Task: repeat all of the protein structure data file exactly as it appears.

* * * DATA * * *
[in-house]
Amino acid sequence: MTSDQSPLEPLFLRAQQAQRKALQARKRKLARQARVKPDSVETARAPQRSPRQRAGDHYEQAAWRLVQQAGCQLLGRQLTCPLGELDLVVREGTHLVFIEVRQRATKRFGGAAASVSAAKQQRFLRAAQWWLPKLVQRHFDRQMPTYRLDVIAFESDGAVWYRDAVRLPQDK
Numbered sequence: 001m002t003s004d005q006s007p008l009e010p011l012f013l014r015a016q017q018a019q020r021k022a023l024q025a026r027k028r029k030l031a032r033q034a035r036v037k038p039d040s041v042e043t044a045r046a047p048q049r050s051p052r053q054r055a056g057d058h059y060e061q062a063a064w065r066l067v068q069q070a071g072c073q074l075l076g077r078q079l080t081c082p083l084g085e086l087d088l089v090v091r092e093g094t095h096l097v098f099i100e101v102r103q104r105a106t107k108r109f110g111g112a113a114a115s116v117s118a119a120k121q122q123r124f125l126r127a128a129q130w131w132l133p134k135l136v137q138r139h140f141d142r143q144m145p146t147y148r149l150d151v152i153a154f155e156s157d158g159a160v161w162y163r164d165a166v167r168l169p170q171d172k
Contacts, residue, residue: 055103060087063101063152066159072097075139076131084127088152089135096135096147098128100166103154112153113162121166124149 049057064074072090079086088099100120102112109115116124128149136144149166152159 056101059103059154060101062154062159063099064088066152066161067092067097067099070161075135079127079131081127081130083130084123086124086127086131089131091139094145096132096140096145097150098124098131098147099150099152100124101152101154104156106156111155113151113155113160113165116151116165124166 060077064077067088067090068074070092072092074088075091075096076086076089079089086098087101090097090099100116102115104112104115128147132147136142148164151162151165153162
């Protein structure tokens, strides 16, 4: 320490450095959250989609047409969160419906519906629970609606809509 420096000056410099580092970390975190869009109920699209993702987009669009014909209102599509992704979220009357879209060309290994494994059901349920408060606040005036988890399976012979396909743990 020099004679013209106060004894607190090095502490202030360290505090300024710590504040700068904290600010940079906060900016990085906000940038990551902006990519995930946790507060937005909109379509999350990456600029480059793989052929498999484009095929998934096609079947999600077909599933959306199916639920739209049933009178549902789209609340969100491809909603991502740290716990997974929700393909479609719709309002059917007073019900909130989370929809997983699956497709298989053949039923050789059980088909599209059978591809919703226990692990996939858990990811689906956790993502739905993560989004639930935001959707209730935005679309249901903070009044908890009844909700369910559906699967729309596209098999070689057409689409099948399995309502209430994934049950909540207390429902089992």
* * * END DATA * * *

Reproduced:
[in-house]
Amino acid sequence: MTSDQSPLEPLFLRAQQAQRKALQARKRKLARQARVKPDSVETARAPQRSPRQRAGDHYEQAAWRLVQQAGCQLLGRQLTCPLGELDLVVREGTHLVFIEVRQRATKRFGGAAASVSAAKQQRFLRAAQWWLPKLVQRHFDRQMPTYRLDVIAFESDGAVWYRDAVRLPQDK
Numbered sequence: 001m002t003s004d005q006s007p008l009e010p011l012f013l014r015a016q017q018a019q020r021k022a023l024q025a026r027k028r029k030l031a032r033q034a035r036v037k038p039d040s041v042e043t044a045r046a047p048q049r050s051p052r053q054r055a056g057d058h059y060e061q062a063a064w065r066l067v068q069q070a071g072c073q074l075l076g077r078q079l080t081c082p083l084g085e086l087d088l089v090v091r092e093g094t095h096l097v098f099i100e101v102r103q104r105a106t107k108r109f110g111g112a113a114a115s116v117s118a119a120k121q122q123r124f125l126r127a128a129q130w131w132l133p134k135l136v137q138r139h140f141d142r143q144m145p146t147y148r149l150d151v152i153a154f155e156s157d158g159a160v161w162y163r164d165a166v167r168l169p170q171d172k
Contacts, residue, residue: 055103060087063101063152066159072097075139076131084127088152089135096135096147098128100166103154112153113162121166124149 049057064074072090079086088099100120102112109115116124128149136144149166152159 056101059103059154060101062154062159063099064088066152066161067092067097067099070161075135079127079131081127081130083130084123086124086127086131089131091139094145096132096140096145097150098124098131098147099150099152100124101152101154104156106156111155113151113155113160113165116151116165124166 060077064077067088067090068074070092072092074088075091075096076086076089079089086098087101090097090099100116102115104112104115128147132147136142148164151162151165153162
């Protein structure tokens, strides 16, 4: 320490450095959250989609047409969160419906519906629970609606809509 420096000056410099580092970390975190869009109920699209993702987009669009014909209102599509992704979220009357879209060309290994494994059901349920408060606040005036988890399976012979396909743990 020099004679013209106060004894607190090095502490202030360290505090300024710590504040700068904290600010940079906060900016990085906000940038990551902006990519995930946790507060937005909109379509999350990456600029480059793989052929498999484009095929998934096609079947999600077909599933959306199916639920739209049933009178549902789209609340969100491809909603991502740290716990997974929700393909479609719709309002059917007073019900909130989370929809997983699956497709298989053949039923050789059980088909599209059978591809919703226990692990996939858990990811689906956790993502739905993560989004639930935001959707209730935005679309249901903070009044908890009844909700369910559906699967729309596209098999070689057409689409099948399995309502209430994934049950909540207390429902089992």